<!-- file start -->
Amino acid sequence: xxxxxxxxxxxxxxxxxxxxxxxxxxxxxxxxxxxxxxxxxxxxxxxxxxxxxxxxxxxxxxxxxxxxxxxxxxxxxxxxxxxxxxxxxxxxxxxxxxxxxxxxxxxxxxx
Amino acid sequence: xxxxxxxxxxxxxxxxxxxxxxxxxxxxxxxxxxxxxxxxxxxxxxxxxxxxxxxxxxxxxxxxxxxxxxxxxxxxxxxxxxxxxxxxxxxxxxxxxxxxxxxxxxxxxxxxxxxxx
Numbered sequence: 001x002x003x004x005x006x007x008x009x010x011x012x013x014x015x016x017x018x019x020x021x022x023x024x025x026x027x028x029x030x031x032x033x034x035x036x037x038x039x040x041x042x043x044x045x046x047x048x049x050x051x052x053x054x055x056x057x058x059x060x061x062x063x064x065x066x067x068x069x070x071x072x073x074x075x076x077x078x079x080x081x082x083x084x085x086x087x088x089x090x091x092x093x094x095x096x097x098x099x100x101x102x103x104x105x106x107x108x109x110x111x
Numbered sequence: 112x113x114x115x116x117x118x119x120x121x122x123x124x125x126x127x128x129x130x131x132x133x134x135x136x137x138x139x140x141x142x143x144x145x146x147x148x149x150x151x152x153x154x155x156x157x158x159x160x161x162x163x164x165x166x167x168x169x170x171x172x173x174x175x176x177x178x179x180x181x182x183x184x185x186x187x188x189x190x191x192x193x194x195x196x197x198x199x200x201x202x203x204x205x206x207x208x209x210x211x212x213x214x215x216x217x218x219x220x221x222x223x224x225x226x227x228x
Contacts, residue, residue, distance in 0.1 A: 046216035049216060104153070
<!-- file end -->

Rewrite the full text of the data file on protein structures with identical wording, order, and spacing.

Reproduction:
Amino acid sequence: xxxxxxxxxxxxxxxxxxxxxxxxxxxxxxxxxxxxxxxxxxxxxxxxxxxxxxxxxxxxxxxxxxxxxxxxxxxxxxxxxxxxxxxxxxxxxxxxxxxxxxxxxxxxxxx
Amino acid sequence: xxxxxxxxxxxxxxxxxxxxxxxxxxxxxxxxxxxxxxxxxxxxxxxxxxxxxxxxxxxxxxxxxxxxxxxxxxxxxxxxxxxxxxxxxxxxxxxxxxxxxxxxxxxxxxxxxxxxx
Numbered sequence: 001x002x003x004x005x006x007x008x009x010x011x012x013x014x015x016x017x018x019x020x021x022x023x024x025x026x027x028x029x030x031x032x033x034x035x036x037x038x039x040x041x042x043x044x045x046x047x048x049x050x051x052x053x054x055x056x057x058x059x060x061x062x063x064x065x066x067x068x069x070x071x072x073x074x075x076x077x078x079x080x081x082x083x084x085x086x087x088x089x090x091x092x093x094x095x096x097x098x099x100x101x102x103x104x105x106x107x108x109x110x111x
Numbered sequence: 112x113x114x115x116x117x118x119x120x121x122x123x124x125x126x127x128x129x130x131x132x133x134x135x136x137x138x139x140x141x142x143x144x145x146x147x148x149x150x151x152x153x154x155x156x157x158x159x160x161x162x163x164x165x166x167x168x169x170x171x172x173x174x175x176x177x178x179x180x181x182x183x184x185x186x187x188x189x190x191x192x193x194x195x196x197x198x199x200x201x202x203x204x205x206x207x208x209x210x211x212x213x214x215x216x217x218x219x220x221x222x223x224x225x226x227x228x
Contacts, residue, residue, distance in 0.1 A: 046216035049216060104153070